Magnetic Resonance Imaging
Magnetic resonance image (MRI) is a cross-sectional imaging technology that uses a magnetic field and radiofrequency signals to cause hydrogen nuclei to emit their own signals, which then are converted to images by a computer.
MRI presents a radical departure from imaging methods based on the absorption of x-rays (conventional radiography and computed tomography [CT]) or reflection from tissues (ultrasound). The magnetic resonance phenomenon has been known since the 1940s. Initially employed to determine the structures of molecules, it was discovered by Felix Bloch and Edward Purcell, two American scientists, who were awarded the Nobel Prize in physics in 1952 for their discovery. In 2003, Paul C. Lauterbur and Sir Peter Mansfield were awarded the Nobel Prize in medicine for their contribution to the development of MRI for medical purposes.
Simply stated, MRI is based on measurements of energy emitted from hydrogen nuclei following their stimulation by radiofrequency signals. The energy emitted varies according to the tissues from which the signals emanate. This allows MRI to distinguish between different tissues.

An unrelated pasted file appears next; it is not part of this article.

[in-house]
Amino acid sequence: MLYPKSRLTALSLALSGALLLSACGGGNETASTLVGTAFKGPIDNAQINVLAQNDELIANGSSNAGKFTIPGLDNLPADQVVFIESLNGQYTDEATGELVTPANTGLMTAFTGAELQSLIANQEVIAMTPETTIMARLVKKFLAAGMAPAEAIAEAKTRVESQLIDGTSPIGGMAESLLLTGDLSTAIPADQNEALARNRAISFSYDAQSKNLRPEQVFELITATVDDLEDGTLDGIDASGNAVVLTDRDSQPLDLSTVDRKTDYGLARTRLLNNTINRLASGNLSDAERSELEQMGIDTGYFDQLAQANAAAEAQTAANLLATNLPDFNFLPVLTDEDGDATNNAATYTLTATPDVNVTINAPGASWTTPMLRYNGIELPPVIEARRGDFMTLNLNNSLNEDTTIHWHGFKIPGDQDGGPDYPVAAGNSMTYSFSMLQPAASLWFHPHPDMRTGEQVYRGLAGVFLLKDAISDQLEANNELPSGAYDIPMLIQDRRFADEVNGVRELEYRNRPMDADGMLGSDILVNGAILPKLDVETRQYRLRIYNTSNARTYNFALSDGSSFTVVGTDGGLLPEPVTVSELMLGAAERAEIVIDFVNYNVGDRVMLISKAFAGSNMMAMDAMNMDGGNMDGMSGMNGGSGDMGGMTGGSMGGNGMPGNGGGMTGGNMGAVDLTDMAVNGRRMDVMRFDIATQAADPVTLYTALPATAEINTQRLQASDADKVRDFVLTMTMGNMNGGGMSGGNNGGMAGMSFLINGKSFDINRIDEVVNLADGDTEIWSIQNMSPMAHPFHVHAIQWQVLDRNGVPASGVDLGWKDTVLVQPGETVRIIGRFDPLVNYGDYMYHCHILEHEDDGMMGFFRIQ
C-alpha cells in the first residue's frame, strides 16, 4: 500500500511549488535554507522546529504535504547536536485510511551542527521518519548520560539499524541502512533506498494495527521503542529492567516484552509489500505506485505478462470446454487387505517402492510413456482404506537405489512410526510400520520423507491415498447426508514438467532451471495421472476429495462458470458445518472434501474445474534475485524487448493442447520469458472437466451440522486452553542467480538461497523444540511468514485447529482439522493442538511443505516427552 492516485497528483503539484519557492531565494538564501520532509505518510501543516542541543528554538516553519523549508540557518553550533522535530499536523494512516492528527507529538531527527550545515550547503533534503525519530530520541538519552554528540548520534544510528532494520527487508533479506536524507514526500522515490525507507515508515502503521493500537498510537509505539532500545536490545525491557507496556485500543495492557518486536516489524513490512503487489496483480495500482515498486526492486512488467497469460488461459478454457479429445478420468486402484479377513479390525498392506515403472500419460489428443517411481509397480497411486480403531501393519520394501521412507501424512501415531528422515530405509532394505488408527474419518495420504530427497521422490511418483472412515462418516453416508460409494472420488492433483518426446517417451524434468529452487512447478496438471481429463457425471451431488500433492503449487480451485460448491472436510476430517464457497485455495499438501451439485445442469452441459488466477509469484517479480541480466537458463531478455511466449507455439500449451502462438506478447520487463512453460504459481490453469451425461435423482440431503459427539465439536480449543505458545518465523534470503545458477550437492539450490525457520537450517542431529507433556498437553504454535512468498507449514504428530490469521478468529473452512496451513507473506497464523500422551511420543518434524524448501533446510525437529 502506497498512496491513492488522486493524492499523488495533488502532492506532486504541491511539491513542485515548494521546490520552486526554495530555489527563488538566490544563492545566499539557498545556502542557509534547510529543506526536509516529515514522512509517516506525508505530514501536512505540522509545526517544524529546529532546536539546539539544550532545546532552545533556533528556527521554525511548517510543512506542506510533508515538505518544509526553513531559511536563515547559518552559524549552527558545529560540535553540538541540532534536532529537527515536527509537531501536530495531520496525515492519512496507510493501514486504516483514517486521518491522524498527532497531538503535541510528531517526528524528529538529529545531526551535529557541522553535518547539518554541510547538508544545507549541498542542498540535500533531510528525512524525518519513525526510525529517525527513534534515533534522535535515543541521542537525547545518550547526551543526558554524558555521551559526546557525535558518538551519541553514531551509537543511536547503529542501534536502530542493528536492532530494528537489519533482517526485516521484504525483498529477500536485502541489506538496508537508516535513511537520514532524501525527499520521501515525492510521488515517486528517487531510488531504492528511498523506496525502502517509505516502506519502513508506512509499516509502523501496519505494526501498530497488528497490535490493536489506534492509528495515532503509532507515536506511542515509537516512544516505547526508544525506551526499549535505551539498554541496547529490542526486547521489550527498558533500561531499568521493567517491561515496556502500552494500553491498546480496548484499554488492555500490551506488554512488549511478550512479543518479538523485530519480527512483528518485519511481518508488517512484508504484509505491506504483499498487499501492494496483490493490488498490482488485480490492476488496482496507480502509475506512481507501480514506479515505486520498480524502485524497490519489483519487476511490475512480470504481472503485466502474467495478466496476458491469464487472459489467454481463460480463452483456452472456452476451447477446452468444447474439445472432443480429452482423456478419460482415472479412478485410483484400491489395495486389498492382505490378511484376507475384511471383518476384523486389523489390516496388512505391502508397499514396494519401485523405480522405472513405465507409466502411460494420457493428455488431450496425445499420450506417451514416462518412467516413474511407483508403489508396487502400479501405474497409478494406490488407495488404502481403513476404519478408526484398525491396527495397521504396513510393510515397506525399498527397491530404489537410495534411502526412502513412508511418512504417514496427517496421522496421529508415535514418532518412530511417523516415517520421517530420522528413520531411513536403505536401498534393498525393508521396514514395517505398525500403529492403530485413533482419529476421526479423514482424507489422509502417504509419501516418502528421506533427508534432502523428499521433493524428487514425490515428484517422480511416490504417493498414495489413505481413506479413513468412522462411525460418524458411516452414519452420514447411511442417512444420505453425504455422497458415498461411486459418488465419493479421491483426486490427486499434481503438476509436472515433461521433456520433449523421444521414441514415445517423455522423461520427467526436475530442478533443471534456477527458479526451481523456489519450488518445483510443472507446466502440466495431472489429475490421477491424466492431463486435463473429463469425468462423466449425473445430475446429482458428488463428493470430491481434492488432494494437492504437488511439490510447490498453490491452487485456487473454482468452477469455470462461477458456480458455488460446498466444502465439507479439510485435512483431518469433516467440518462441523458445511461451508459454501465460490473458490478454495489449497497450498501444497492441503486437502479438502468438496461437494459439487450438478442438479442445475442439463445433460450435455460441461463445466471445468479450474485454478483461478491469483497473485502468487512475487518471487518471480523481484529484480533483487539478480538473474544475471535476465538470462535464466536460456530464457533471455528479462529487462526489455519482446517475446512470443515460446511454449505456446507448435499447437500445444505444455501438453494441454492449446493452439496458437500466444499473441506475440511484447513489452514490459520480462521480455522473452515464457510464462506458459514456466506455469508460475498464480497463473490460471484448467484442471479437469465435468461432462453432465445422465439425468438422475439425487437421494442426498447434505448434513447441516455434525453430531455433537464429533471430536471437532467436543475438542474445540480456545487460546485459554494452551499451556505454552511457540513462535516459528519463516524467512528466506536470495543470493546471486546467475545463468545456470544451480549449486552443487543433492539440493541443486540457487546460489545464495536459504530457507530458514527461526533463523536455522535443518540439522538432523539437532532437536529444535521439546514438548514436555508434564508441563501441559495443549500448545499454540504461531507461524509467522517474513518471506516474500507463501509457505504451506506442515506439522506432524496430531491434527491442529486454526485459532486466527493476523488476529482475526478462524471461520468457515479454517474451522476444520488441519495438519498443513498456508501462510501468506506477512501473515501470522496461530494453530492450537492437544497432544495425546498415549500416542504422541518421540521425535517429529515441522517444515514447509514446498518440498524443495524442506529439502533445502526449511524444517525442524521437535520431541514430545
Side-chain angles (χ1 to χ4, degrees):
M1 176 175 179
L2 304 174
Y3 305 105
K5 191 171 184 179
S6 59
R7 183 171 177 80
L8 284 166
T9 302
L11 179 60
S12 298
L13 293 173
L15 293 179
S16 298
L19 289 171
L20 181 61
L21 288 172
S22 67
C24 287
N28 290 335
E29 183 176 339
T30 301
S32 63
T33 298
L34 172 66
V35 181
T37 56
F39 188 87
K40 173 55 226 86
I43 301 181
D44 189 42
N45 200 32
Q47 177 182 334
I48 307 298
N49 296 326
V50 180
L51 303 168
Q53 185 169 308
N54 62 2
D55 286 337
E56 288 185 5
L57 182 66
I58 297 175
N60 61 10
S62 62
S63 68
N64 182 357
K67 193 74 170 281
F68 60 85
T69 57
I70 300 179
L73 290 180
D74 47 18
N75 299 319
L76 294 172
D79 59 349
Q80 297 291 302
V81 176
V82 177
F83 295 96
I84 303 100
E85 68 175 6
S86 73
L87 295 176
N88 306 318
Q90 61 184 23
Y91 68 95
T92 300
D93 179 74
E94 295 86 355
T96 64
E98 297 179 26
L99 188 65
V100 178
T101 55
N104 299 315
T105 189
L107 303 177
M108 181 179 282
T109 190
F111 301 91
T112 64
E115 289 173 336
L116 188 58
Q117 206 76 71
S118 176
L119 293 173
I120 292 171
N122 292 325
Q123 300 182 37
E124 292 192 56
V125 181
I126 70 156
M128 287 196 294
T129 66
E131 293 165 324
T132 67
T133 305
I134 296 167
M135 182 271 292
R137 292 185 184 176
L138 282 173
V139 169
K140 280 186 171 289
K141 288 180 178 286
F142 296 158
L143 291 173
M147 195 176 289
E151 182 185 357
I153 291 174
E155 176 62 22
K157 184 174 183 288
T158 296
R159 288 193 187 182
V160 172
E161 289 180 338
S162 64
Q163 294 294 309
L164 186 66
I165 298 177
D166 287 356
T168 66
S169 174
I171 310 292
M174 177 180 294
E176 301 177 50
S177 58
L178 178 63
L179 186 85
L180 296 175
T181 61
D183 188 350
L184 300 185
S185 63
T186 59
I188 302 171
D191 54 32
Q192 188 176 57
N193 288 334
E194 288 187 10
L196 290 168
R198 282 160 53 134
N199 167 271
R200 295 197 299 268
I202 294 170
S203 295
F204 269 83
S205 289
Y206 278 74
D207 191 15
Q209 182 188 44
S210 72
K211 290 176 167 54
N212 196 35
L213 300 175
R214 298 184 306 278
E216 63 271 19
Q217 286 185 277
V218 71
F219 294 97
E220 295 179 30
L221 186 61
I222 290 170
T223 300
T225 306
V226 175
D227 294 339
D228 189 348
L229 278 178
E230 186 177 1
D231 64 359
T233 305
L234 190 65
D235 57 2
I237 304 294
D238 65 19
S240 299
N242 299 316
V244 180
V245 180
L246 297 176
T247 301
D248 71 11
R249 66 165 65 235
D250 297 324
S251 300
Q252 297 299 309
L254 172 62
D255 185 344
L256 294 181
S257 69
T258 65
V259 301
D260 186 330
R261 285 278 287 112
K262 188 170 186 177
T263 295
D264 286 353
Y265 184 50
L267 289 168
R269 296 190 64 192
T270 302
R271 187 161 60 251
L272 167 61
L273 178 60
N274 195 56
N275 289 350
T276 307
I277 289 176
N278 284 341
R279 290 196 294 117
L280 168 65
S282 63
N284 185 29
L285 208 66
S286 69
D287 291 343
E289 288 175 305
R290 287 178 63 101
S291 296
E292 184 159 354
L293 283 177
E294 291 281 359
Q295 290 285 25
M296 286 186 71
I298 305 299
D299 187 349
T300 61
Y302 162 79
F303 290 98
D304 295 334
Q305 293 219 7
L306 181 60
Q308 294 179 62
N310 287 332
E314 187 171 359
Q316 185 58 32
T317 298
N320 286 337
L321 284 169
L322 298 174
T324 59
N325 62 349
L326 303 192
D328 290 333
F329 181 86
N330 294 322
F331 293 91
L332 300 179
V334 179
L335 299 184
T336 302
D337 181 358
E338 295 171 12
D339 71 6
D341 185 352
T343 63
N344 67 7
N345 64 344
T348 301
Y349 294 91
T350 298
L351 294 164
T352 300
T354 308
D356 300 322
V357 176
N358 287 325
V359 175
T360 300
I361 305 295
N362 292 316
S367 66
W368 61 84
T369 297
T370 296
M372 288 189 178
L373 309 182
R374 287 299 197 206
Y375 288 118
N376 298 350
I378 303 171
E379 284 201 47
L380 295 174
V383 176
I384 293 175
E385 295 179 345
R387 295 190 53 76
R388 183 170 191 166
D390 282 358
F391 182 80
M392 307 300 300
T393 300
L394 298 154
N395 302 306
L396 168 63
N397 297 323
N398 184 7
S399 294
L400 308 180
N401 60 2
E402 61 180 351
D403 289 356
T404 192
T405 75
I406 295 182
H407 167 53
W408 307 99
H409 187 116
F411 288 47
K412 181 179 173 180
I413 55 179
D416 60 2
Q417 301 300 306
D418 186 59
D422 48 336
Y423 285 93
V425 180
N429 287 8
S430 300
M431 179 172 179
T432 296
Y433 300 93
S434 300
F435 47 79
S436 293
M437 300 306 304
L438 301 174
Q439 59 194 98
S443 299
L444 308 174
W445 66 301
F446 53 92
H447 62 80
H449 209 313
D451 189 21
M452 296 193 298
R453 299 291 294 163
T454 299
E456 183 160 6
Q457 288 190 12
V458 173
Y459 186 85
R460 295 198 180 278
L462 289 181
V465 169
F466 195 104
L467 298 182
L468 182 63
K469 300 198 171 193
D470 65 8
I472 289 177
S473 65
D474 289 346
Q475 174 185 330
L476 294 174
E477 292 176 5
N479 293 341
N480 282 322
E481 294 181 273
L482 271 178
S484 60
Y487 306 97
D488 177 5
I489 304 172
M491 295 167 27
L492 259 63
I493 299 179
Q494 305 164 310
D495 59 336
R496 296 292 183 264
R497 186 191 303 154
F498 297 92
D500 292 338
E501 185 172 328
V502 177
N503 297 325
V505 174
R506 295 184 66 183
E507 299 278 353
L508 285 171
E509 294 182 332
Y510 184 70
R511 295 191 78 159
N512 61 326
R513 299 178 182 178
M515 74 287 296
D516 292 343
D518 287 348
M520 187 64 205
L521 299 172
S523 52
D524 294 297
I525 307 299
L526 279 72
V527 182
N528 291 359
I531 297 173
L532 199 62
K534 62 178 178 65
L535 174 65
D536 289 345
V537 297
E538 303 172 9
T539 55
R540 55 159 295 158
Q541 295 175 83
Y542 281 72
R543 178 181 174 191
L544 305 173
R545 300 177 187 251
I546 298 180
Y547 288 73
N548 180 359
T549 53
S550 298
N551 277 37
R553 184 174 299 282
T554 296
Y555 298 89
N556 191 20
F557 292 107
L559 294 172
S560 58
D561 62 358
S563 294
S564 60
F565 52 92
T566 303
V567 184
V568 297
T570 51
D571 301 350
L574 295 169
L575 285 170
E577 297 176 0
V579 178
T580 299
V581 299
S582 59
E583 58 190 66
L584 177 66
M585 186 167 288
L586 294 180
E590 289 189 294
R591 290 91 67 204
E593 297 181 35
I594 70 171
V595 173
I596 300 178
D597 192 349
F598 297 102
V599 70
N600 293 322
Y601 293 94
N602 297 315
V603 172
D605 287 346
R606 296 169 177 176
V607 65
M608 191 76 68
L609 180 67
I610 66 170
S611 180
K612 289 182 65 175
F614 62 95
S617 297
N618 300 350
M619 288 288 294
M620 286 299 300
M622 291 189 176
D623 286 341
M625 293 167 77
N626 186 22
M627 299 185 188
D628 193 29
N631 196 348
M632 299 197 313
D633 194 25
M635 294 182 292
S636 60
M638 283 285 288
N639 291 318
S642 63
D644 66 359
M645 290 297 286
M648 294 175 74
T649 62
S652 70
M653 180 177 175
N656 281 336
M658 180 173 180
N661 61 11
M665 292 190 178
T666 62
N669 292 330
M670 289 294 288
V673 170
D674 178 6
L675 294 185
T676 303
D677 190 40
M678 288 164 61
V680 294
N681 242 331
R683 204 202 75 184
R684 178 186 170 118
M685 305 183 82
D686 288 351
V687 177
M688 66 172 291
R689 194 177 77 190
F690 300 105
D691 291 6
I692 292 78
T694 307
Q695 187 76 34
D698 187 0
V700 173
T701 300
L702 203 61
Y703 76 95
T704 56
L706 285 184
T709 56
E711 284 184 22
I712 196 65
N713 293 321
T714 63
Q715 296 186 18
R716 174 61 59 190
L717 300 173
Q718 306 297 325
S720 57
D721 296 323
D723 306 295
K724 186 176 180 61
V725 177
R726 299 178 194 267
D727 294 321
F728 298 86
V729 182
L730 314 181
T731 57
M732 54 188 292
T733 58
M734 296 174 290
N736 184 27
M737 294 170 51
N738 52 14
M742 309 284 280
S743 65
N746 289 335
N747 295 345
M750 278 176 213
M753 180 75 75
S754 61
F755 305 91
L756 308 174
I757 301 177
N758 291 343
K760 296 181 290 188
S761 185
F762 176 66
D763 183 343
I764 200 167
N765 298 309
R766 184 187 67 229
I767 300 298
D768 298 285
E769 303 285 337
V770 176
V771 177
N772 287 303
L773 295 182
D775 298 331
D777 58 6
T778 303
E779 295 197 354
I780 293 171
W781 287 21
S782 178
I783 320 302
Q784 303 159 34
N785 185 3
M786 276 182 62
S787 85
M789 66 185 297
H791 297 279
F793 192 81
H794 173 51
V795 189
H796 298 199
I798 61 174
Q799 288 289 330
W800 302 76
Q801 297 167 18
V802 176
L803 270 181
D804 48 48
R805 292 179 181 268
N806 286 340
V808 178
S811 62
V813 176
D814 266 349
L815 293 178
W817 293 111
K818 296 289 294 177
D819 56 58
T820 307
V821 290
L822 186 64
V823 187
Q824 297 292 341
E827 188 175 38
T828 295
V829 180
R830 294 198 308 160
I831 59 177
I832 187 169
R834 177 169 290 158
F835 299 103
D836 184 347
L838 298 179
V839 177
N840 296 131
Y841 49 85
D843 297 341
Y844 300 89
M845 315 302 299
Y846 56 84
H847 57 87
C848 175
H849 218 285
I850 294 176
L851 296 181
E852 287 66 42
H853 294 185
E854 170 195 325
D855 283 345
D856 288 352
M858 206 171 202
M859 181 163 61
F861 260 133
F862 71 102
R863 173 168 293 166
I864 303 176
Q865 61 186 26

The Magnetic Resonance Phenomenon
Magnetic resonance is the process by which nuclei, aligned with an external magnetic field, absorb and release energy. Many molecules display magnetic resonance, but for all practical purposes MRI is based on signals from hydrogen nuclei in water molecules. Because these nuclei consist of only a proton, the hydrogen nucleus is referred to simply as the proton in the context of MRI.
Alignment of Protons in an External Magnetic Field
The process of image acquisition begins by placing the patient in the scanner, which contains coils that produce an extremely strong magnetic field. In the magnetic field, protons line up like tiny bar magnets, either in the direction of the magnetic field or in the opposite direction.1 There is a slight difference between the number of protons lining up parallel with the magnetic field and the number lining up in the opposite direction. This difference gives rise to net magnetization, parallel with the external magnetic field, referred to as longitudinal magnetization.
Altering the Alignment of Protons
A pulse of radiofrequency (RF) waves is applied at right angles to the longitudinal magnetization. This pulse alters the alignment of the protons to a transverse plane, and the energy absorbed in the process brings them to a higher energy state: transverse magnetization (Fig. 5-1).
Displacement and gradual realignment of protons. In this image, the protons are aligned with the main magnetic field (1) when a RF pulse is applied at right angles (2), resulting in an altered alignment of the protons. After the cessation of the RF pulse, the protons gradually return to alignment with the main magnetic field (3).
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